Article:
Japanese wrestler Kenichiro Fumita earned a silver medal after losing to Cuban Luis Orta Sanchez in the men’s Greco-Roman 60-kilogram final at the Tokyo Olympics on Monday.

The 25-year-old Fumita was bidding to become the first Japanese Greco-Roman wrestler to win Olympic gold since Atsuji Miyahara achieved the feat in the men’s 52-kg category at the 1984 Los Angeles Games, but Orta Sanchez beat the 2019 world champion 5-1.

“I wanted to win and give back to all the volunteers, all the people involved who put the Olympics on during these difficult times. They believed in the athletes more than we believed in ourselves. I’m truly sorry for this disappointing result,” said Fumita, who was sobbing during his post-match interview.

Even with Fumita’s defeat, Japan extended a streak of 17 consecutive tournaments of winning Olympic medals in men’s wrestling, including freestyle, dating back to the 1952 Helsinki Games, but excluding the 1980 Moscow Olympics which were boycotted by Japan and other nations.

Japan also secured a podium in a third straight Olympic Greco-Roman tournament, following Shinobu Ota, the 2016 Rio de Janeiro Olympics 59 kg silver medalist, and Ryutaro Matsumoto, a bronze medalist at 60 kg at the 2012 London Games.

Fumita, a native of Yamanashi Prefecture, took full advantage of his throwing techniques to claim the 59-kg title in his debut at the 2017 world championships and again reached the top podium spot at 60 kg in 2019. He beat out Ota for a ticket to the Tokyo Games, allowing him to make his Olympic debut.

Fumita never got his attack rolling in the final at Makuhari Messe Hall, the Cuban mounting a 4-0 lead in the first period before the Japanese wrestler managed a point in the second. Orta Sanchez scored another technical point to stamp his authority at the end.

“It was such an honor to stand on the mat for the final, and I did it with the help of so many people, including my coaches and my family. I wanted to repay them with the gold,” Fumita said.

China’s Walihan Sailike and Russian Sergey Emelin won bronze medals in the Greco-Roman 60 kg class.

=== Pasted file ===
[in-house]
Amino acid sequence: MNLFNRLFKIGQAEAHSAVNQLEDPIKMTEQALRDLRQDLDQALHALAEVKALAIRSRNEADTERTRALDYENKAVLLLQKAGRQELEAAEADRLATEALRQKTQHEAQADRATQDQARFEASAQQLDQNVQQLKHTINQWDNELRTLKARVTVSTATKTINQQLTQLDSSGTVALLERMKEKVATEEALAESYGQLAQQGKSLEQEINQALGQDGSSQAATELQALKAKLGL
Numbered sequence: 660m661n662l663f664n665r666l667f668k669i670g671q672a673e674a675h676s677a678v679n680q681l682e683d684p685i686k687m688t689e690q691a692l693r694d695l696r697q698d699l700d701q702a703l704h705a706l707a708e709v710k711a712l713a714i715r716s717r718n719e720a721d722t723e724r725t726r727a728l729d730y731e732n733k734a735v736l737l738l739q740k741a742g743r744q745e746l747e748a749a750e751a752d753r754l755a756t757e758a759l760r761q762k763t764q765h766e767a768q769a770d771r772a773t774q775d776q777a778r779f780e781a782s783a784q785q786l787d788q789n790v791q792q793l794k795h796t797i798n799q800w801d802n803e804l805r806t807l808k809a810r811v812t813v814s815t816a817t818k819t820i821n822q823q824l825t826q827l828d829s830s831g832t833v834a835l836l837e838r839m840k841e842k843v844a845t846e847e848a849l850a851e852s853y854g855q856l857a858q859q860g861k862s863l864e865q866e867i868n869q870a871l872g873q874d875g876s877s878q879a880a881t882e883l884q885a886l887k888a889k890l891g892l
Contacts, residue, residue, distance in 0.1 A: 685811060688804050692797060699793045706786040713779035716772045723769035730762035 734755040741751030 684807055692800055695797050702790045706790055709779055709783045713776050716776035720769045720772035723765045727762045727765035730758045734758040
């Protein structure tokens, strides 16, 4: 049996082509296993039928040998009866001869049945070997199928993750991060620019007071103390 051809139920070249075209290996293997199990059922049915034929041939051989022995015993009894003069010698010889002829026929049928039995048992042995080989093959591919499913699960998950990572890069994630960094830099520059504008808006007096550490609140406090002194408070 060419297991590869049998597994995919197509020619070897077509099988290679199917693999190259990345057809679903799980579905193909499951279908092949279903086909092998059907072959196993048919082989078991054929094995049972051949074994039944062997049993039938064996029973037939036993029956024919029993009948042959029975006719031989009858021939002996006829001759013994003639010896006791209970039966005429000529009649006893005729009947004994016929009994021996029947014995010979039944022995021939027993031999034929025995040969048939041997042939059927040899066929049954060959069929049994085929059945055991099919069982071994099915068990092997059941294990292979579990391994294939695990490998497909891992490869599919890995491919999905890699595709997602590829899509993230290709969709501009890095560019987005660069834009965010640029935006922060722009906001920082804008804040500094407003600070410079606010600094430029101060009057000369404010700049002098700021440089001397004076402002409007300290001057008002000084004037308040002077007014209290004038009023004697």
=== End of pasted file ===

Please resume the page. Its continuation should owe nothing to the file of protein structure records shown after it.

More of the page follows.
At 130 kg, 38-year-old Mijain Lopez Nunez of Cuba won an unprecedented fourth consecutive Olympic title in the heaviest weight class, routing Georgian Iakobi Kajaia 5-0 in the final. Turkey’s Riza Kayaalp, the silver medalist in Rio, and Russian Sergei Semenov won bronze medals.

Japan’s Shohei Yabiku fell in the Greco-Roman 77 kg category in a 3-1 loss to Hungary’s Tamas Lorincz, the 2019 world champion, in his second bout of the day but advanced to a bronze medal match on Tuesday, by virtue of Lorincz reaching the final against Akzhol Makhmudov of Kyrgyzstan. Yabiku had beaten Kazak Demeu Zhadrayev 5-3 in his first bout of the day.

In the Greco-Roman 97 kg class, Russian Musa Evloev reached a final match against Armenian Artur Aleksanyan scheduled for Tuesday.

In the women’s bracket, Germany’s Aline Rotter Focken defeated American Adeline Gray 7-3 in the freestyle 76 kg final.

Japan’s Hiroe Minagawa, making her Olympic debut at age 33, lost 2-0 to China’s Zhou Qian in a bronze medal match. She had been aiming to become the first Japanese women to win a medal in the heaviest category since Kyoko Hamaguchi’s bronze at the 2008 Beijing Games.

“We haven’t been able to get a medal in the heaviest weight class in such a long time so I was determined to get one,” Minagawa said. “It was my final match and I wanted to give everything to it but I wasn’t able to fight through over the six minutes. I want to apologize to all of the people who supported me here.”

Along with Zhou, Turkey’s Yasemin Adar, the 2017 world champion at 75 kg, won the other 76-kg bronze.

Earlier in the day in the women’s freestyle 68 kg, Rio Olympic champion Sara Dosho suffered a shock defeat to American Tamyra Stock Mensah, the 2019 world champion thrashing the Japanese wrestler in a 10-0 technical fall in her opening match.

But Dosho was able to book a spot in repechage and keep her hopes of bronze alive after Stock Mensah advanced to the final, where she will face Nigeria’s Blessing Oborududu on Tuesday.

In a time of both misinformation and too much information, quality journalism is more crucial than ever.
By subscribing, you can help us get the story right.